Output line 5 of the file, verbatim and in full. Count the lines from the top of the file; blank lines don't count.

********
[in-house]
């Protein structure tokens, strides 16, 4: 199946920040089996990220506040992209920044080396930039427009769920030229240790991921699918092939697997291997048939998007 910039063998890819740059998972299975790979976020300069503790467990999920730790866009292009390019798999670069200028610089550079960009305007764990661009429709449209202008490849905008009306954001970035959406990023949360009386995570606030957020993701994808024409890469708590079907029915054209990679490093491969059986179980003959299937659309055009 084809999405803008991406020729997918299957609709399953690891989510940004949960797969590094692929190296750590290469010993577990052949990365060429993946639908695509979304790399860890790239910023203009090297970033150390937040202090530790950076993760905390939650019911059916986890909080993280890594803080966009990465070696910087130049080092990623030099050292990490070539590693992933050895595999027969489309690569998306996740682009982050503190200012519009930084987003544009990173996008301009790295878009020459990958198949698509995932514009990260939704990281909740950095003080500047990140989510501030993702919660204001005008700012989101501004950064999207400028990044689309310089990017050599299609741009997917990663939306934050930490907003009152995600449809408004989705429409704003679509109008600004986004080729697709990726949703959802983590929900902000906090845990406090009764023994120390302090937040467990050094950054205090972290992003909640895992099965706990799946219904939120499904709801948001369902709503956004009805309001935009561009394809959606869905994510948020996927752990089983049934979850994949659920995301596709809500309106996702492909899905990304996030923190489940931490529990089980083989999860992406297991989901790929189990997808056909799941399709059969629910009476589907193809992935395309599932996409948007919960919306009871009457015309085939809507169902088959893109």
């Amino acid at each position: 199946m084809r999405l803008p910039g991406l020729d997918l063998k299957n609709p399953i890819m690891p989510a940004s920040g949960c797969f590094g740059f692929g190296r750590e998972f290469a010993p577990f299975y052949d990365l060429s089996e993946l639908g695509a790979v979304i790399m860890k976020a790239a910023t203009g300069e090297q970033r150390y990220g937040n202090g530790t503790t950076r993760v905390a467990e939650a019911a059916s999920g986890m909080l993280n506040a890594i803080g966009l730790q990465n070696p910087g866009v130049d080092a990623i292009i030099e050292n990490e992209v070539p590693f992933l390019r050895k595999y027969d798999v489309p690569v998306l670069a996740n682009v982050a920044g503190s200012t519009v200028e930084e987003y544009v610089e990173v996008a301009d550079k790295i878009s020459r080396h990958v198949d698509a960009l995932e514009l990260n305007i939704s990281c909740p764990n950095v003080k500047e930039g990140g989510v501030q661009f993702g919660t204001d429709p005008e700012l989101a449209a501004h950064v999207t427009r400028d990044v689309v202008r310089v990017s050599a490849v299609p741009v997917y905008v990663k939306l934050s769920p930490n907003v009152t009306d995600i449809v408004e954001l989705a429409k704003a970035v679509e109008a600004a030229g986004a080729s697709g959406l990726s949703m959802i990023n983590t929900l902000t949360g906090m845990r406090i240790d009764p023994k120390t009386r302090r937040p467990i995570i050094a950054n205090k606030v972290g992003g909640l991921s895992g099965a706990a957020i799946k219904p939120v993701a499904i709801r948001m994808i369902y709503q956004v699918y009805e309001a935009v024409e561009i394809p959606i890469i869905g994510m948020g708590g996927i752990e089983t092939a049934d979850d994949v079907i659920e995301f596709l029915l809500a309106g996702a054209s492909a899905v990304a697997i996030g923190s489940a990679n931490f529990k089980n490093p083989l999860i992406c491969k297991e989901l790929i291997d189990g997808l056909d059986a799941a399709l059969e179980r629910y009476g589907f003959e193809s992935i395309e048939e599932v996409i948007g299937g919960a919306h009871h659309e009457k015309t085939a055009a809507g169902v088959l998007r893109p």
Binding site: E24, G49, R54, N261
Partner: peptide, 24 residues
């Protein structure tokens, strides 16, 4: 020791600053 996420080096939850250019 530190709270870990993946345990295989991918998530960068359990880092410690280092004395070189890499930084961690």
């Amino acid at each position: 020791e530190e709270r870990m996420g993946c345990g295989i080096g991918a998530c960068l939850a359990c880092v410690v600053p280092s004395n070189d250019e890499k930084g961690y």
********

Partner: peptide, 24 residues